Chief Strategist at Bank of America says Bitcoin doesn’t need rivals when it is in itself a rival. Considers past surges of Bitcoin for comparing them with current investment mania by institutional sector.
Bitcoin’s Bulls-Run had been worrying many within and outside the crypto industry. Many of the analysts from the financial sector had suggested forthcoming of the end of Bitcoin’s Bull-Run. The prominent amongst these financial analysts was one Michael Hartnett, Head of Investment Strategy Department of Bank of America Securities.
On Friday the 8th of Jan, the renowned strategist stated that Bitcoin does not need any rivals. He added further that Bitcoin within itself is a rival of its own.
Hartnett explained that the current investment frenzy from the institutional sector could easily be regarded as an instance of “speculative mania”. He emphasized that if there is any anticipated harm that could occur to Bitcoin then it is Bitcoin itself.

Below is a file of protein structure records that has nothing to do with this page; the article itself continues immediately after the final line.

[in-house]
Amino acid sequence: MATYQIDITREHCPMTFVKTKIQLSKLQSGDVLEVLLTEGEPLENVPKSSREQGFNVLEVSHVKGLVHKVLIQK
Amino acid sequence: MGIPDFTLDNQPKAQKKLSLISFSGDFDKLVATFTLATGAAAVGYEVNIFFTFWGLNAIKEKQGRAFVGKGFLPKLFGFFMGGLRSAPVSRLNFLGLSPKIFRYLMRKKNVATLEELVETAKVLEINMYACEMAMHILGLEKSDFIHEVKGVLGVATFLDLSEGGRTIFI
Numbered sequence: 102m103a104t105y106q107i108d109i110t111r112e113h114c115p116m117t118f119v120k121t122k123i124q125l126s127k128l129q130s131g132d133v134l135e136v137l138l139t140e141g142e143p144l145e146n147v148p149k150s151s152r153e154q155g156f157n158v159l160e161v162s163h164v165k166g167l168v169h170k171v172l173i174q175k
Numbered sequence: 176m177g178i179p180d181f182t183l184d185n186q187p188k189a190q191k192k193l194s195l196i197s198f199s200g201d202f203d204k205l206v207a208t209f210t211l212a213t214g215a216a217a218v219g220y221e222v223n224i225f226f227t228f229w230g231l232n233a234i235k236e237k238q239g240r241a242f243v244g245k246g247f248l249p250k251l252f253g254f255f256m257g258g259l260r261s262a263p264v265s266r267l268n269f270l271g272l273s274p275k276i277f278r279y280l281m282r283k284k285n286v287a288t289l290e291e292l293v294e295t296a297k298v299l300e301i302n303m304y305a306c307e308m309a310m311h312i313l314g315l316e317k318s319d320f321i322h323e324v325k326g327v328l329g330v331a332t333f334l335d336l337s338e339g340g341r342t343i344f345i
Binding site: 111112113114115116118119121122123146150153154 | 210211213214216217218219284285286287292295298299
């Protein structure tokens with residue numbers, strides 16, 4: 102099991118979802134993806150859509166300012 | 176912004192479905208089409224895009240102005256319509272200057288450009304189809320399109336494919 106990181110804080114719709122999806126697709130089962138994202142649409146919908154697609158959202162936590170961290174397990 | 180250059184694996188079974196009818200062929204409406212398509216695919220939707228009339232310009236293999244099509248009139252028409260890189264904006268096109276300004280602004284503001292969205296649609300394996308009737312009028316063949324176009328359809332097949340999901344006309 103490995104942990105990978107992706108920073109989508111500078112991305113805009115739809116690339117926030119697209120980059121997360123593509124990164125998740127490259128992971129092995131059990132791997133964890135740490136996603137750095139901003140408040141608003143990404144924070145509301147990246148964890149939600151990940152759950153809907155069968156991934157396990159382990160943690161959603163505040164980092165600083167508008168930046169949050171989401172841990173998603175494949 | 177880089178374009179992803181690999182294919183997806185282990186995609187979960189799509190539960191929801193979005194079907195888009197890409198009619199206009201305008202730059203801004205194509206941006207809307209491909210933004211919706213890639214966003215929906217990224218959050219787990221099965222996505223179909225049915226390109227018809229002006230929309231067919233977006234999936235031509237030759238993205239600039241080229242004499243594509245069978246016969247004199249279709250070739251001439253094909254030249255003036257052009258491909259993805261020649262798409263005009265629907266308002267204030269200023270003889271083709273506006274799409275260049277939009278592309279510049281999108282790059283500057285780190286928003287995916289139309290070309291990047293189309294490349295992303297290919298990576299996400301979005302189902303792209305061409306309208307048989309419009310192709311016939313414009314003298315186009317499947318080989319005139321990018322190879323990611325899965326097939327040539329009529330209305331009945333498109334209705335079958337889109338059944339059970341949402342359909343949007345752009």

He pointed out that the value surged earned by Bitcoin within the past two to three months was because of violent inflation. Hartnett also said that Bitcoin’s value had surged by more than 1,000% since 2019 to date. Bitcoin trading outperformed several traditional assets and outclassed gold as well in 2020, said Hartnett.
Hartnett pointed that in 1970, the value of Gold surged by about 400%. Similarly in 1980 till mid-’90s stock markets in Japan and Thailand surged by 350%. However, all the percentages were lost with a single stroke, when the markets collapsed and the values of gold and stocks fell to the ground. He said that the same omen he had been expecting for the Bitcoin whose been riding the Bull-Run since 2020.
Certainly, the head strategist at Bank of America had not pointed out any dropping of the value of Bitcoin. Instead, Hartnett was indicating the “increased speculation” within the investment sector.
It seemed as if that investors had attached high hopes with Bitcoin and neglected the odd possibilities, he added. Furthermore, they have grown too much of expectancy from Bitcoin, which exposes Bitcoin against vulnerability. There are times when assets do not perform as expected, but neither do they fall, but what happens is that investors lose their interest. This lack of interest could seriously hurt Bitcoin in the long run, concluded Hartnett.